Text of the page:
Sounds like a recipe for disaster, especially considering that some of the five were strangers to each other.

Marley, for example, going in only knew one Rolling Stones song, "(I Can't Get No) Satisfaction." Rahman appreciated Bob Marley's work, but was unfamiliar with both Damian and Stone's work. The Indian composer's training is in the classical realm.

Jagger hadn't met Damian, but the Stones singer and Bob Marley were London neighbors in the 1970s and used to record at the same Kingston studio. "That's where I met Bob," Jagger said. "He was in a studio recording 'Catch a Fire' and we were doing the overdubs of something — 'Black & Blue' maybe.'" (Note: it was, in fact, "Goat's Head Soup," recorded, like "Catch a Fire," at Dynamic Sound Studio in Jamaica.)

This unfamiliarity didn't worry Jagger or Stewart. "The idea was to get them into a room and see what you get cooperating as writing and playing," said Jagger. Augmented with a backing band that mostly featured a Jamaican rhythm section, the five felt free to, according to Jagger, "put whatever we wanted on top of it."

A few weeks later in a sound room at his Hollywood studio, Stewart sat in front of a mixing board and started booming tracks from the sessions, some of which extended to nearly an hour, with the five riffing, rhyming and toying with ideas. "I thought that was important to catch the meeting of these people," Stewart said. He described the process as "kind of an impressionistic patchwork of songs, lots of them, or jams, that we then put into focus.'"

Stewart, who said that so far there weren't plans for any SuperHeavy performances, moved from the sound room to a video studio, where footage of the sessions was being edited for a future project. It showed Jagger and Stone singing while Stewart, with ever-present beard and sunglasses, strummed along on guitar. "It was a very natural and organic meeting of minds and musicality that got refined as we got to know each other while playing with each other," Stewart said. "It got more complex."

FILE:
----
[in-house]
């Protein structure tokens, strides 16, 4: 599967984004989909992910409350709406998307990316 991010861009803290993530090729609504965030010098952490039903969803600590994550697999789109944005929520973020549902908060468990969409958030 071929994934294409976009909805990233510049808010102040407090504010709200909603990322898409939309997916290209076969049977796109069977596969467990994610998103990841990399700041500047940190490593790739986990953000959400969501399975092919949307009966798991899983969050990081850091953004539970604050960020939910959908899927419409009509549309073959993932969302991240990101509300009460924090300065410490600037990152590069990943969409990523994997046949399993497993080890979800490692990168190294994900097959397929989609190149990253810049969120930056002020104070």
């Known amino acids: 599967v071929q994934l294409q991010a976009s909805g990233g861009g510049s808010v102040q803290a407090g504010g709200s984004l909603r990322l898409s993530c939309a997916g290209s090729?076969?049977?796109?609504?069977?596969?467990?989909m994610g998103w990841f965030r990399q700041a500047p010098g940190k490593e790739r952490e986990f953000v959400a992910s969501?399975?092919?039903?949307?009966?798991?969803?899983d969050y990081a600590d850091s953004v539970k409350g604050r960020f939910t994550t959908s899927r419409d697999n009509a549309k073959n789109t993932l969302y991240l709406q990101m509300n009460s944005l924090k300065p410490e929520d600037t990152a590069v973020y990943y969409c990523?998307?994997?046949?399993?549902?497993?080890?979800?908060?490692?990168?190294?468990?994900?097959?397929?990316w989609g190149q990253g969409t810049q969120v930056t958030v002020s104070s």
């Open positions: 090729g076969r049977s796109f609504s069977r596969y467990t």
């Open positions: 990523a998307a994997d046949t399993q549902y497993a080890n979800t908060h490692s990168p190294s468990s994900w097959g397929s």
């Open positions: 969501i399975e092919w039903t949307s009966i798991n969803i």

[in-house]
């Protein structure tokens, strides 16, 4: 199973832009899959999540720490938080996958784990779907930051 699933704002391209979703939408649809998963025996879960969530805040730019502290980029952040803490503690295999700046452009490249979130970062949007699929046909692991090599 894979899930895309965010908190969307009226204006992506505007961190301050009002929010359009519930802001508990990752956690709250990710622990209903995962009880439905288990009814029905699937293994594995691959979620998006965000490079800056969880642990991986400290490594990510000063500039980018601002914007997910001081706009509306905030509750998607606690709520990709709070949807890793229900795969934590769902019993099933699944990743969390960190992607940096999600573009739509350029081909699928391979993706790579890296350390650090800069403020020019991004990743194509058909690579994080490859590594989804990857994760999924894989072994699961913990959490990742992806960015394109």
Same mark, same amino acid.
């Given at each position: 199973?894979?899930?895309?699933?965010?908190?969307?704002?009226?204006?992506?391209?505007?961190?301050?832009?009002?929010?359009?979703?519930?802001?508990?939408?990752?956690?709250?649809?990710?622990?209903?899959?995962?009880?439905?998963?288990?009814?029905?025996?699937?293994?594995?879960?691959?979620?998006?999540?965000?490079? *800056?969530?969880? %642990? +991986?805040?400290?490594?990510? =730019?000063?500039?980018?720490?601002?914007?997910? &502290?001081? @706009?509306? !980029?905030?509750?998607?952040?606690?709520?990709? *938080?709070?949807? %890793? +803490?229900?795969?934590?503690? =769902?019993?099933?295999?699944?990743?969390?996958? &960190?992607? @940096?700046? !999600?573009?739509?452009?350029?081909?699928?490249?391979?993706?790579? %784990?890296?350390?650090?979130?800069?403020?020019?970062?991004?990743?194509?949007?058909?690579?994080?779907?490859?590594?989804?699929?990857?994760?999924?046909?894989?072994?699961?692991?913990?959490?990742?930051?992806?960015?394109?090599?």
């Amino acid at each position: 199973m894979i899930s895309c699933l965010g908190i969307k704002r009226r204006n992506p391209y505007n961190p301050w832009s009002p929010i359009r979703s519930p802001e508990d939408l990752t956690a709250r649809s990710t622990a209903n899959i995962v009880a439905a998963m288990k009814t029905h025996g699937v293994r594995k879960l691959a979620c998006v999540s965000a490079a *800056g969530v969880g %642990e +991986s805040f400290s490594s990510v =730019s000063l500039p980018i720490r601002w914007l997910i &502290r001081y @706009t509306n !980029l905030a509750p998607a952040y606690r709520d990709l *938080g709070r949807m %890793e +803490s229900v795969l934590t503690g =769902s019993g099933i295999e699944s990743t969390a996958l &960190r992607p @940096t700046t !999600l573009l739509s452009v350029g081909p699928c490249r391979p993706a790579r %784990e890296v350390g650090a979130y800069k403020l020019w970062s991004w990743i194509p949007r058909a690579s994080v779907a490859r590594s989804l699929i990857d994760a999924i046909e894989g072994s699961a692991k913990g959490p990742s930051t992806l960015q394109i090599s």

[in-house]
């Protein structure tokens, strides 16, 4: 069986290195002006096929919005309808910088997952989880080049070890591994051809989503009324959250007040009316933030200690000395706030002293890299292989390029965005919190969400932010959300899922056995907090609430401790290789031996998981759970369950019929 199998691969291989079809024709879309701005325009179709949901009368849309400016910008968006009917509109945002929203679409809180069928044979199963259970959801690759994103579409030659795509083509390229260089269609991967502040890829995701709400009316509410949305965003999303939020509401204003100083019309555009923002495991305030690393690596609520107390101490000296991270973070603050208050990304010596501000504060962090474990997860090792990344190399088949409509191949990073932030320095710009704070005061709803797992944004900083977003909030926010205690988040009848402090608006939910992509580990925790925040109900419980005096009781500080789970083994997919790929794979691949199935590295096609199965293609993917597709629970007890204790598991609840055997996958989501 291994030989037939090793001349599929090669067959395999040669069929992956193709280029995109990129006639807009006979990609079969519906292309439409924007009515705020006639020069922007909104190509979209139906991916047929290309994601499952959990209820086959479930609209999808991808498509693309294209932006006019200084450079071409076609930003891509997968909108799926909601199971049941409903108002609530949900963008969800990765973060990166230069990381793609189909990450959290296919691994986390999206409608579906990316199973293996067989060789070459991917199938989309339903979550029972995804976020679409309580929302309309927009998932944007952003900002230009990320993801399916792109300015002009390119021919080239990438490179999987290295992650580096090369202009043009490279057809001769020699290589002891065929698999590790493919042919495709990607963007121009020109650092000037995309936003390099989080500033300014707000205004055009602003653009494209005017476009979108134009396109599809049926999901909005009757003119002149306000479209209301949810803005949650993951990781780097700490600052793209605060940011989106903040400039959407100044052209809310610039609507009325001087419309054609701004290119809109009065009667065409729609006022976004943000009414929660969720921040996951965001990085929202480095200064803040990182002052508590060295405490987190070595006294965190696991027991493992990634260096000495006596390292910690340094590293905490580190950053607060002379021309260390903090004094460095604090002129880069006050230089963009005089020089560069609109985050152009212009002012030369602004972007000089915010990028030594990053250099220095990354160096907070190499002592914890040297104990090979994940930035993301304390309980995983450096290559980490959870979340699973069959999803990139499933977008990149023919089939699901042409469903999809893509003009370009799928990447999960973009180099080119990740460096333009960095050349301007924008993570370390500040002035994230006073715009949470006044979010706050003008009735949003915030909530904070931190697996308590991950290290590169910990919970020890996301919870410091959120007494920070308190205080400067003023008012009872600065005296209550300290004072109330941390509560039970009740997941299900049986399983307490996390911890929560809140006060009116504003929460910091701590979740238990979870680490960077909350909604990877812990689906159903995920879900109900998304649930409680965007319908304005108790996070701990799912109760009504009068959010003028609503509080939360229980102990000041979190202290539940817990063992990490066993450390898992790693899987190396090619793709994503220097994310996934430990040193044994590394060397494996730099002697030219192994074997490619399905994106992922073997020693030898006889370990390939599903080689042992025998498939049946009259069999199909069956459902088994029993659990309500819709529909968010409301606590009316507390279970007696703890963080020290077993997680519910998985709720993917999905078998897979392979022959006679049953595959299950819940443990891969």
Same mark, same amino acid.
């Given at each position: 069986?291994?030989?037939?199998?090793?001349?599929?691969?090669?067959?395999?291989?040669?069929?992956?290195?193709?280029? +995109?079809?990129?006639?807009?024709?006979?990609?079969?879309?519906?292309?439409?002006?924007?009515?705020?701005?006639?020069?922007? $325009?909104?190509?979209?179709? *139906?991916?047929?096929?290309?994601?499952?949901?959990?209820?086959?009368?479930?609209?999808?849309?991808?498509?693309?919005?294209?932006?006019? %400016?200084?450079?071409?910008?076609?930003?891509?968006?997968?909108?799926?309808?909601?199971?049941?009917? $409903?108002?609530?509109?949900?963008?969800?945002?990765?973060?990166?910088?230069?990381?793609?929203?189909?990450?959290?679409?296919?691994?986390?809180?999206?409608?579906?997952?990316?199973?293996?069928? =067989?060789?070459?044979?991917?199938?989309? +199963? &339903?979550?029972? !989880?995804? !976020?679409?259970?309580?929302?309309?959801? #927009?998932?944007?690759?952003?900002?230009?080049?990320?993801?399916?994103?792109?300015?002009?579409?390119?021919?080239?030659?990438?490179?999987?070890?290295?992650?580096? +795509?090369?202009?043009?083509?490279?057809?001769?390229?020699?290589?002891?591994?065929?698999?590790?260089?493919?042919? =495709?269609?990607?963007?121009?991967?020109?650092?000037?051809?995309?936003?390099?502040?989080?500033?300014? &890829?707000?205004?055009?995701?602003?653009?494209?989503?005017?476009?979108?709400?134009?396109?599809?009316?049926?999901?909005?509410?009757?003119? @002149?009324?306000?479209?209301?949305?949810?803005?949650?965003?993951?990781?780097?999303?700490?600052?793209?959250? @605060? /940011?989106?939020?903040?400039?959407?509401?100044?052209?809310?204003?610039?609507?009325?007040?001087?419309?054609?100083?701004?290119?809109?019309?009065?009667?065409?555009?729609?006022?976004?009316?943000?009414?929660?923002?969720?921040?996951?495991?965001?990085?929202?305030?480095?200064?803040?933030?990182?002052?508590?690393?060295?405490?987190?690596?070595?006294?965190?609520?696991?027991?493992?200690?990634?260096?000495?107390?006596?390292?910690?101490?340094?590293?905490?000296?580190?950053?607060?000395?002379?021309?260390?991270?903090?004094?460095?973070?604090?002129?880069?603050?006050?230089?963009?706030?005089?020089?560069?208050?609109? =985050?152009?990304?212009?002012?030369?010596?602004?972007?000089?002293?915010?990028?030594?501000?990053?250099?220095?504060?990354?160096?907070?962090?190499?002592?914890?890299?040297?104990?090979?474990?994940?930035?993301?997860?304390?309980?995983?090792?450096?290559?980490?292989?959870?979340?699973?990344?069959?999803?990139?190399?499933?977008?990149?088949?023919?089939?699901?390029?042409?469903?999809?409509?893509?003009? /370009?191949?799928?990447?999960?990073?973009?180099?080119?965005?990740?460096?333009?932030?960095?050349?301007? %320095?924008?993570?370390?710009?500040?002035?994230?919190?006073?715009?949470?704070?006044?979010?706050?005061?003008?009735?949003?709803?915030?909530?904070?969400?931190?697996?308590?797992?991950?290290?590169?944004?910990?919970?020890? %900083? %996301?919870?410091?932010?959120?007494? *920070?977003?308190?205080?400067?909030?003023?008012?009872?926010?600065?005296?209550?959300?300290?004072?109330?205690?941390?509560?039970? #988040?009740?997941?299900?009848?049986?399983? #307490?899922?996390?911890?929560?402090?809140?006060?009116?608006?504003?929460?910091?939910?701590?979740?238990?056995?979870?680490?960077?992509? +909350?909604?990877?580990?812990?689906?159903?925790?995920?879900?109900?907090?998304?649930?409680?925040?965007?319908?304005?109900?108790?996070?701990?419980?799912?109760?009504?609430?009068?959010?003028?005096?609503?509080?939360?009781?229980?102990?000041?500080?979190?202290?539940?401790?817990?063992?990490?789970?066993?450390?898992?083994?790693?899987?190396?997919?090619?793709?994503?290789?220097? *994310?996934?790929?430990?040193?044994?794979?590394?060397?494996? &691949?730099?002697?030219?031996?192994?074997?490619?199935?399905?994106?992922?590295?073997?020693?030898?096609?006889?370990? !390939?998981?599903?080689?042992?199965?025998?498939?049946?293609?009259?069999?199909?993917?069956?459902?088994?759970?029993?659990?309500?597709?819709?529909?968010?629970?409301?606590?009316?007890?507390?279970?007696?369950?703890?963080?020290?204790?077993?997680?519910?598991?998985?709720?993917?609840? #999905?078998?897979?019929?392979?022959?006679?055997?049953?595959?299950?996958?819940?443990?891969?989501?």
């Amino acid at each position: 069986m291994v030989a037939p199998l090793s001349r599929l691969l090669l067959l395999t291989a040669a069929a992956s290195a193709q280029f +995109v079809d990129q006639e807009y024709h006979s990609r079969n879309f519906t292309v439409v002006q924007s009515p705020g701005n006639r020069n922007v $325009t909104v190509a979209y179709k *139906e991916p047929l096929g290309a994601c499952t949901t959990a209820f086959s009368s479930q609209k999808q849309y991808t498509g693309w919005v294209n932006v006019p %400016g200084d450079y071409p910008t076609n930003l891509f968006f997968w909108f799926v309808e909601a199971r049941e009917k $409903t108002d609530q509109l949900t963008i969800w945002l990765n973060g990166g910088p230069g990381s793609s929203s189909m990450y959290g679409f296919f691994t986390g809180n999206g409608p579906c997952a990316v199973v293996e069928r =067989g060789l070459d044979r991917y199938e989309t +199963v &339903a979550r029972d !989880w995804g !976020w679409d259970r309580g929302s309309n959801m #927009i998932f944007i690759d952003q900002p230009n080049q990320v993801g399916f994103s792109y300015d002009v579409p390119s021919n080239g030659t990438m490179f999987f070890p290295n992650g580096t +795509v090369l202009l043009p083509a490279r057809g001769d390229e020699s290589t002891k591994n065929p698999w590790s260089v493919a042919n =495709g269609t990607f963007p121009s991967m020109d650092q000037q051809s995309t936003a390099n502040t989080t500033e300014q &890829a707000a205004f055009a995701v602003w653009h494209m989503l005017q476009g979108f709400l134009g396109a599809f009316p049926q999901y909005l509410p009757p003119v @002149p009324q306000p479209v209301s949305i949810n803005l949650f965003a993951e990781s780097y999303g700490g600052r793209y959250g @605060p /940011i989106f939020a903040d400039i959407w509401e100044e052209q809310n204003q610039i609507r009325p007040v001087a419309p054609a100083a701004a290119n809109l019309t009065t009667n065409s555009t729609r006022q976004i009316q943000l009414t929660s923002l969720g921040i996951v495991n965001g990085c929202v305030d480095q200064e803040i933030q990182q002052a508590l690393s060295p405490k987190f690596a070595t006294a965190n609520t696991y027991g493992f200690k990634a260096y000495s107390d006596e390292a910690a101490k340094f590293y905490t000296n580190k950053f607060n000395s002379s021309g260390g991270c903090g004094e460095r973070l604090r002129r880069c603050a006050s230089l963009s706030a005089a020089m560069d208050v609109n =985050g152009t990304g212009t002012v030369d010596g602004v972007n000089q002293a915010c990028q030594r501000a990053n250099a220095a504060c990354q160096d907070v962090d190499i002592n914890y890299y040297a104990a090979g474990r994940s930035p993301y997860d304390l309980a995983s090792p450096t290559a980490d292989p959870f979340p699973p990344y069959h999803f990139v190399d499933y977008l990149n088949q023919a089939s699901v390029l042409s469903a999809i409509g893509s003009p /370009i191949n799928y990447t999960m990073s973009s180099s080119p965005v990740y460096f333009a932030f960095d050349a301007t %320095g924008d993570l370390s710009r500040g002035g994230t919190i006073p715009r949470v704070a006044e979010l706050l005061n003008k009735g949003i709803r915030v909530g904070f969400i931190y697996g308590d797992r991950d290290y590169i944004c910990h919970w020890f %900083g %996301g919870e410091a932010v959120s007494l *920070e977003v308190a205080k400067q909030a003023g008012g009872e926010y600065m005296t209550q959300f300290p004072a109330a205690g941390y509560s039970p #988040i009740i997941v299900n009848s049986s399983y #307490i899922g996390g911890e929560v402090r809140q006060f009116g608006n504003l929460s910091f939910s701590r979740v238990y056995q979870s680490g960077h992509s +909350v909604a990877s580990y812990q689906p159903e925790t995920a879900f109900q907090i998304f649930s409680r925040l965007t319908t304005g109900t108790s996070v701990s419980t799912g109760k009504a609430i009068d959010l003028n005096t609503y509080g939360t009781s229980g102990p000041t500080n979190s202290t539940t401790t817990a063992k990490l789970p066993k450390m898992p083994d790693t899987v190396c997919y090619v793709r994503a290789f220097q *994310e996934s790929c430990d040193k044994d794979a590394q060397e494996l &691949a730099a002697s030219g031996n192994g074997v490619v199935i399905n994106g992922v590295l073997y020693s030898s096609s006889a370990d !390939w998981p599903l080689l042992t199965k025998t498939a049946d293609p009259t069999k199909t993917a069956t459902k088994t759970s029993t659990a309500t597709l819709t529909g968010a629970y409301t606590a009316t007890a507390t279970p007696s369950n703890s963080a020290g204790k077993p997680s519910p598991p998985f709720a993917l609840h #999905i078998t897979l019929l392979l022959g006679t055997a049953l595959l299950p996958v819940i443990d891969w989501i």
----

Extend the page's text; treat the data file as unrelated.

The result is a dozen songs that move from swaggering Stones style rock ("Superheavy") to the groove-oriented

"One Day."

At times the product of this culture clash borders on pastiche, and pushes dangerously close to Komar and Melamid's 1997 project, "The World's Most


Song," which created musical ideas and instrumentation based on a poll of musical preferences. "Satyameva Jayathe," for example, features Rahman's chanted opening, then moves into an urgent dance hall rhythm and Jagger screaming something in Hindi. As the music world has gotten smaller, though, these kinds of border-jumping creations have increased.

But then, "Never Gonna Change" is a sweet ballad that sounds like a "Beggars Banquet" outtake, and features one of Jagger's strongest vocal turns in years. "Energy" is a Marley-propelled banger with a tag-team vocal hook from Jagger and Stone, who display a magnetic rapport throughout the 12-song album.

"Yeah, he makes me laugh," said Stone of Jagger. "The great thing about Mick is that he's got so much knowledge, and he's always sharing. And I'm always listening. Whenever he thinks I'm not, I am, and I take it all on board." Jagger, in fact, bought her a Shakespeare book during the sessions.

And at one point, Jagger recalled, he had an interaction with Rahman that showcased another side of that knowledge. Rahman had brought in a curious Middle Eastern stringed instrument and started playing it. The Stones singer smiled broadly as he recounted being able to identify the instrument. "I was very pleased with myself. I said, 'Nice santur part, A.R.' He said, 'How do you know this?'"

Jagger replied that the instrument was popular among his peers in the 1960s. "It was a very hippy thing to have this Persian classical instrument. Of course, I hadn't heard it since 1967."